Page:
Pursuant to statutory requirements, Allegheny County by public advertisement invited bids, to be opened June 27, 1950, for a contract for a sewage disposal plant at the Greater Pittsburgh Airport. On June 27, 1950, A. J. Colella, Inc. submitted its sealed bid and its bid bond in the sum of $17,500 with Fidelity and Deposit Company of Maryland as the surety, conditioned upon the bidder not withdrawing its bid within sixty (60) days after the opening of the bids, and entering into a written contract with the County within ten (10) days after the prescribed forms shall have been presented to it for signature. The bond was to remain in effect (1) in the event of the withdrawal of the bid within the sixty (60) days, and (2) upon failure of Colella to enter into a contract with the County, accompanied by a performance bond (in a much larger amount), and (3) upon failure of Colella to pay the difference between the bid amount and the amount which the County would be forced to pay for the work if Colella defaulted.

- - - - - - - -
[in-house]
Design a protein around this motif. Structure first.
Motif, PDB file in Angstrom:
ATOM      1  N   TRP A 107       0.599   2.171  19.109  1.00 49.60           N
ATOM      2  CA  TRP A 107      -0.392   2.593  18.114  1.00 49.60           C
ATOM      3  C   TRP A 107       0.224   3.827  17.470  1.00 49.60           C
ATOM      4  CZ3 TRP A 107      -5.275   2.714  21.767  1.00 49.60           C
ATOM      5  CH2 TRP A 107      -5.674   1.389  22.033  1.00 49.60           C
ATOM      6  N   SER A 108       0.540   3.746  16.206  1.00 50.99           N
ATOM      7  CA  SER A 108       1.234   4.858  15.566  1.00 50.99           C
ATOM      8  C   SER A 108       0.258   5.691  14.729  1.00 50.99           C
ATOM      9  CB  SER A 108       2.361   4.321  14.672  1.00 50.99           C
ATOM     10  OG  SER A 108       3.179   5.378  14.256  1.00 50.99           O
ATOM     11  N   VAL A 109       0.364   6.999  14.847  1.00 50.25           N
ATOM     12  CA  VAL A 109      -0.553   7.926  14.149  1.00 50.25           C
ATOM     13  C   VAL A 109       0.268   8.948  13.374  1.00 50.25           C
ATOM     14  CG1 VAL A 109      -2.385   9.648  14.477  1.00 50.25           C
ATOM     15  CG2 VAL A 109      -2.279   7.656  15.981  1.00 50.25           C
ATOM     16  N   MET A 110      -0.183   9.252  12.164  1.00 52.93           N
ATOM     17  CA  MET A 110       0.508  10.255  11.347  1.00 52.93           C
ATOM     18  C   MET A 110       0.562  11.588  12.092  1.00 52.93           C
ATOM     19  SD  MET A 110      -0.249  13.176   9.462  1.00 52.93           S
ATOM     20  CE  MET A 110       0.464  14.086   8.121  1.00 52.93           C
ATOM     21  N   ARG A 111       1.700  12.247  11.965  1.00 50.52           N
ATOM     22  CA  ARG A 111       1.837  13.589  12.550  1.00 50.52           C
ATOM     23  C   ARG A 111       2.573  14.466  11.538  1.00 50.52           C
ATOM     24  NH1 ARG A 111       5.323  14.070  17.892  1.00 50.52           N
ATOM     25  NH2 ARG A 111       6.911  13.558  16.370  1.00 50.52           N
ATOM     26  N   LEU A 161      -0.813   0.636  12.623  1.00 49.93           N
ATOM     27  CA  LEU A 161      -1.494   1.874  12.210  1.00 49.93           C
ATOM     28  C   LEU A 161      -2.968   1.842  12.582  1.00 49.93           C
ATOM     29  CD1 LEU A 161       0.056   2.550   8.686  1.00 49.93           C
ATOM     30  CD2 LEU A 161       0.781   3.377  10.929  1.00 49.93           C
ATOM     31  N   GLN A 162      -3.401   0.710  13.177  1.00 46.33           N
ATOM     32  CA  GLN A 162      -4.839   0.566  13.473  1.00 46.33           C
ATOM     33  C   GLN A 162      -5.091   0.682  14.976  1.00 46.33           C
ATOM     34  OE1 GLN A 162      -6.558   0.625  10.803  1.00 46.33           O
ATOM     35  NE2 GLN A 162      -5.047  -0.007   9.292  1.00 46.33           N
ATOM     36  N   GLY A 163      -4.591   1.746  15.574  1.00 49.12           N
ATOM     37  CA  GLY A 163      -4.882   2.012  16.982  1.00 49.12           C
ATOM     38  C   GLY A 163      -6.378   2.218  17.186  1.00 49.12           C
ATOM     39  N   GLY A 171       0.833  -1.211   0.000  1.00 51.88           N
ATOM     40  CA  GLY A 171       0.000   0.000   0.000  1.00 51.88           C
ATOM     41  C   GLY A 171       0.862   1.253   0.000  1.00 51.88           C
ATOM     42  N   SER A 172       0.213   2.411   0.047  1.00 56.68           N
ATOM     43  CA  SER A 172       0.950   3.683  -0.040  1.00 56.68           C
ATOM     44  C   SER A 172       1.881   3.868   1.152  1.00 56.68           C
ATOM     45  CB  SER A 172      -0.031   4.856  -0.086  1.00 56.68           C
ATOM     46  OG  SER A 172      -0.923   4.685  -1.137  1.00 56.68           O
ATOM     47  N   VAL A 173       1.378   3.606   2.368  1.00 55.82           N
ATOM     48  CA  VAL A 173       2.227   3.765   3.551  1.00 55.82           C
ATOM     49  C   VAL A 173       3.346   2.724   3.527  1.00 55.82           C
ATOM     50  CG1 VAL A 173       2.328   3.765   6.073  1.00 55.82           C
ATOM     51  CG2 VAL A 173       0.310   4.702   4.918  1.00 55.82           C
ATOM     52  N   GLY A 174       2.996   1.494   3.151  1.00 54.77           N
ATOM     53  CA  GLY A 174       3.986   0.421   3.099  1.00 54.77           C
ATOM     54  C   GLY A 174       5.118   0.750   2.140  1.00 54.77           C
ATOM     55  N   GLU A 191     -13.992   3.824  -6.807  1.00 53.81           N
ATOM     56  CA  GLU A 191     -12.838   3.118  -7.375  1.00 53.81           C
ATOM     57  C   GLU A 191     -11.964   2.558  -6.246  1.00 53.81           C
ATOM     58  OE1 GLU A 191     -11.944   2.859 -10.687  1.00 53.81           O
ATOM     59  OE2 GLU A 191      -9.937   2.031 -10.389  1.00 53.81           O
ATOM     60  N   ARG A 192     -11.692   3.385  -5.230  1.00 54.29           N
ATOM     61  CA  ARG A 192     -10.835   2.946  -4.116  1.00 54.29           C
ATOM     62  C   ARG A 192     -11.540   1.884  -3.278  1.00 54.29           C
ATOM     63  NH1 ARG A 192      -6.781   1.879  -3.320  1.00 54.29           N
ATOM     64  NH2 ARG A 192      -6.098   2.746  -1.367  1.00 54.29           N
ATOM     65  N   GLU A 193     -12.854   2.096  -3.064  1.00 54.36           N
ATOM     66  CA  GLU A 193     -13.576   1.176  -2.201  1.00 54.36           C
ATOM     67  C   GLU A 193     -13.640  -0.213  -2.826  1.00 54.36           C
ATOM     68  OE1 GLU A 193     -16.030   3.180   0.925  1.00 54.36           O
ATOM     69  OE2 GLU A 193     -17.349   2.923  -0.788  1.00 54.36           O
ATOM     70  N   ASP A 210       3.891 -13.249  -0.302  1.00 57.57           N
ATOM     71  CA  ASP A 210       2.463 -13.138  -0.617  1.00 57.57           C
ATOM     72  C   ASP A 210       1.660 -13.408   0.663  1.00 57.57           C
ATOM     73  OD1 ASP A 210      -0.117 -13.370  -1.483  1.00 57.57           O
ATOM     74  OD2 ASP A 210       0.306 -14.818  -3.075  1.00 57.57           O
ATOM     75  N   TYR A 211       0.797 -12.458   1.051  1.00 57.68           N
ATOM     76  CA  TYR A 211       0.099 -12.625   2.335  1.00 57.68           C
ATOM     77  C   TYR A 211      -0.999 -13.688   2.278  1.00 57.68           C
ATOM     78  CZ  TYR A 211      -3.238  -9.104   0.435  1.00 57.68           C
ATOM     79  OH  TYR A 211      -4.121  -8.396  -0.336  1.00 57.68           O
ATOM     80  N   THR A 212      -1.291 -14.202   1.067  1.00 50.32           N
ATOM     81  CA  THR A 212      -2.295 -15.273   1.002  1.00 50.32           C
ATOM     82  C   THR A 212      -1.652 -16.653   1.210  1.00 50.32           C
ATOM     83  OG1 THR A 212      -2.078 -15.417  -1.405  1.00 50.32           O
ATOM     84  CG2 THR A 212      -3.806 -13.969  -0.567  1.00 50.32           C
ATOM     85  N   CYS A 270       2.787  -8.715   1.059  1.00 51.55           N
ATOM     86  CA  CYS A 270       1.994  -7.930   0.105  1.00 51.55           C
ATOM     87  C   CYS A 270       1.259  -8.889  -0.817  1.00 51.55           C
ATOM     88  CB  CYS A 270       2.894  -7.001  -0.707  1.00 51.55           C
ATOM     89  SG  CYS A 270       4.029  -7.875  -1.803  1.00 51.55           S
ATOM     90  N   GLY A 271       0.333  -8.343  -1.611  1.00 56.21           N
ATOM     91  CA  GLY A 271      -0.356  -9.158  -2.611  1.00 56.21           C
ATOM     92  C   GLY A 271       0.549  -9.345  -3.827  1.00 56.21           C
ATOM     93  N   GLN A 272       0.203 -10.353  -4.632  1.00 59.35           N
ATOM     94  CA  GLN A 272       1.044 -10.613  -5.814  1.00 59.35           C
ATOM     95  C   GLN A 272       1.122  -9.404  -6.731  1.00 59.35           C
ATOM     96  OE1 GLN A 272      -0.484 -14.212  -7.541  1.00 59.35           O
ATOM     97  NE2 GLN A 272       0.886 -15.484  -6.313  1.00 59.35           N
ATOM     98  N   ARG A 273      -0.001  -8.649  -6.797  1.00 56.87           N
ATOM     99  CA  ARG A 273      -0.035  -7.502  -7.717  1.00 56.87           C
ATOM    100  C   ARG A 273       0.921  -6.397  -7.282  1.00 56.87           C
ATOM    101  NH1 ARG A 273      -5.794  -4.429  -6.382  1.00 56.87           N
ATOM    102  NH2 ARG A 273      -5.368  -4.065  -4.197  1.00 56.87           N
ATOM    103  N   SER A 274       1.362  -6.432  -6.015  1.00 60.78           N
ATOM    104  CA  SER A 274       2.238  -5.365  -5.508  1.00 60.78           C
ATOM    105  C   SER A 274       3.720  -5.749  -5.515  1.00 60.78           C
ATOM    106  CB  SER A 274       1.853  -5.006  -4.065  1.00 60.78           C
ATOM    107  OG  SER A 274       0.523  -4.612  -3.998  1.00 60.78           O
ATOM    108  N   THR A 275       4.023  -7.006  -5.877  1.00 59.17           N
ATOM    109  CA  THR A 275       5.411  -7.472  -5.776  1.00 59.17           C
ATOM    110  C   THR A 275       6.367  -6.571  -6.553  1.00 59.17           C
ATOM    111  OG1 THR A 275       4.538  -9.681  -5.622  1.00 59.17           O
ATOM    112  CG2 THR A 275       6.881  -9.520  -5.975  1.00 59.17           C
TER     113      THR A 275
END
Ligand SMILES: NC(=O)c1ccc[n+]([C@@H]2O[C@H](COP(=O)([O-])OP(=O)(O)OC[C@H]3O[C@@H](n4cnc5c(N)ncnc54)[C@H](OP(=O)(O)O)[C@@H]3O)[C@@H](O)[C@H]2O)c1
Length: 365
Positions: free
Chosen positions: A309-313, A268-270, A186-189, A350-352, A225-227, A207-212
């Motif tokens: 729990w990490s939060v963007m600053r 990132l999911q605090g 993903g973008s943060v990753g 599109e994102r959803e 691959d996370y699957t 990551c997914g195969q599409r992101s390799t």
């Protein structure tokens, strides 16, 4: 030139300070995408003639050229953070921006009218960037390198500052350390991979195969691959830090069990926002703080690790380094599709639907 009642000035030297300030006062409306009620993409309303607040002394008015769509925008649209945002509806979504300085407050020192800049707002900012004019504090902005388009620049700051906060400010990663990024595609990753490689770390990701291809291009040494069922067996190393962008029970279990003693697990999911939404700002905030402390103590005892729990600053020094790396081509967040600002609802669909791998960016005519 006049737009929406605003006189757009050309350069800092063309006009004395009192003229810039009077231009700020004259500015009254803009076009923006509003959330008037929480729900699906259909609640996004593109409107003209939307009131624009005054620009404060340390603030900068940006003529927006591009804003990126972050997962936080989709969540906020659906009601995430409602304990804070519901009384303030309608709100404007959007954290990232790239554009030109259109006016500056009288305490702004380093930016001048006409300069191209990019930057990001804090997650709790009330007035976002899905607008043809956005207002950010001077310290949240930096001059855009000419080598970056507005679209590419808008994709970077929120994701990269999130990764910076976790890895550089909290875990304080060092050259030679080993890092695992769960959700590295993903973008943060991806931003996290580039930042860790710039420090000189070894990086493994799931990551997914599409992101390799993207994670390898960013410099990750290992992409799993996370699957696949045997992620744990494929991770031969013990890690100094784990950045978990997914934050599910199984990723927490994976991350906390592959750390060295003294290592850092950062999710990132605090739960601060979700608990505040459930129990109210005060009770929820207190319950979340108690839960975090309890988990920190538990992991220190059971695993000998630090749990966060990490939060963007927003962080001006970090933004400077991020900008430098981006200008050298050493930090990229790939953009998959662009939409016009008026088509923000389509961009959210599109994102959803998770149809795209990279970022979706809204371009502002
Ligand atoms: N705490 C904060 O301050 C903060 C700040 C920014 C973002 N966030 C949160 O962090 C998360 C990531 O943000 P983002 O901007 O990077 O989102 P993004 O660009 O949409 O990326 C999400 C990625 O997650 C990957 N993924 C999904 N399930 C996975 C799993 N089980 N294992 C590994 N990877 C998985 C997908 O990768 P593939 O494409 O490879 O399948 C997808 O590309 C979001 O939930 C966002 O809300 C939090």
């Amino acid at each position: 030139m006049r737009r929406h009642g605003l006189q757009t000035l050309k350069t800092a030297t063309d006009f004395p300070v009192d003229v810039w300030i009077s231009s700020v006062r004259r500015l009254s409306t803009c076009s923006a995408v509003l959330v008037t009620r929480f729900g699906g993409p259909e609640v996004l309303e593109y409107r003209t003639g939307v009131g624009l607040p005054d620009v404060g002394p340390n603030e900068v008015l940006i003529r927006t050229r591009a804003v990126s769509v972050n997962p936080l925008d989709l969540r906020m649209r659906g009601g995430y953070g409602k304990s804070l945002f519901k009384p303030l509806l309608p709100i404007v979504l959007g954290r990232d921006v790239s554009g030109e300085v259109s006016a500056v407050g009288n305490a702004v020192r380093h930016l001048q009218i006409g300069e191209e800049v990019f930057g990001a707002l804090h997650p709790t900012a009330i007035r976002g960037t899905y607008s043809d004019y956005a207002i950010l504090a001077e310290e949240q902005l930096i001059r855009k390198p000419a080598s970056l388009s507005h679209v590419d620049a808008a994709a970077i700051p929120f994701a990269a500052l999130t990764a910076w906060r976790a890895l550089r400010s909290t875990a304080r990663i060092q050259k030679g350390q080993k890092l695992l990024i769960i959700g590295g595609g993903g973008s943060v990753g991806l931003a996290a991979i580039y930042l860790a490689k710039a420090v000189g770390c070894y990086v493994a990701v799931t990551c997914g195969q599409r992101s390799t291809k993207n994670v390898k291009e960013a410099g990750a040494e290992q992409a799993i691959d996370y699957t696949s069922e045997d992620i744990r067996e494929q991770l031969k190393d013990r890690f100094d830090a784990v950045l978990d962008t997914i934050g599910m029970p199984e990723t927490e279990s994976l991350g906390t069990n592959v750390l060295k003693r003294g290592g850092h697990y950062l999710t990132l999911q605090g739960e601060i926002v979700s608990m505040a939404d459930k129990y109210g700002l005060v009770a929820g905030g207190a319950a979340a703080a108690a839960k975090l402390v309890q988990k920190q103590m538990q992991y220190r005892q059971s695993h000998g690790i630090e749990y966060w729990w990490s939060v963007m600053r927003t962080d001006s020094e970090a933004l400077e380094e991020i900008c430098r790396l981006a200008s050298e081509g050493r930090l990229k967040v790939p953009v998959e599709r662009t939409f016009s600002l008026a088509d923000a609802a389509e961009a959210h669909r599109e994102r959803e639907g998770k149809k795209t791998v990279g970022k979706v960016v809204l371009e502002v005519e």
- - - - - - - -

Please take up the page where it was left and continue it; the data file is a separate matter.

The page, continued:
On June 27, 1950 when the bids were opened, Colella's bid was in the amount of $144,900 and the next
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two lowest bidders were in the amount respectively of $218,995 and $233,000. Colella was determined to have been the lowest responsible bidder complying with the specifications.
On July 5, 1950, Colella, orally and in writing, notified the County that because of a clerical mistake*fn* in submitting its bid it desired to withdraw its bid and requested the return of the bid bond. The County refused this request and on July 11, 1950 awarded the contract to Colella at its bid price of $144,900; and by letter dated July 12, 1950 the County notified Colella of the award and requested Colella to enter into the contract and execute all other documents in accordance with the requirements of the bid.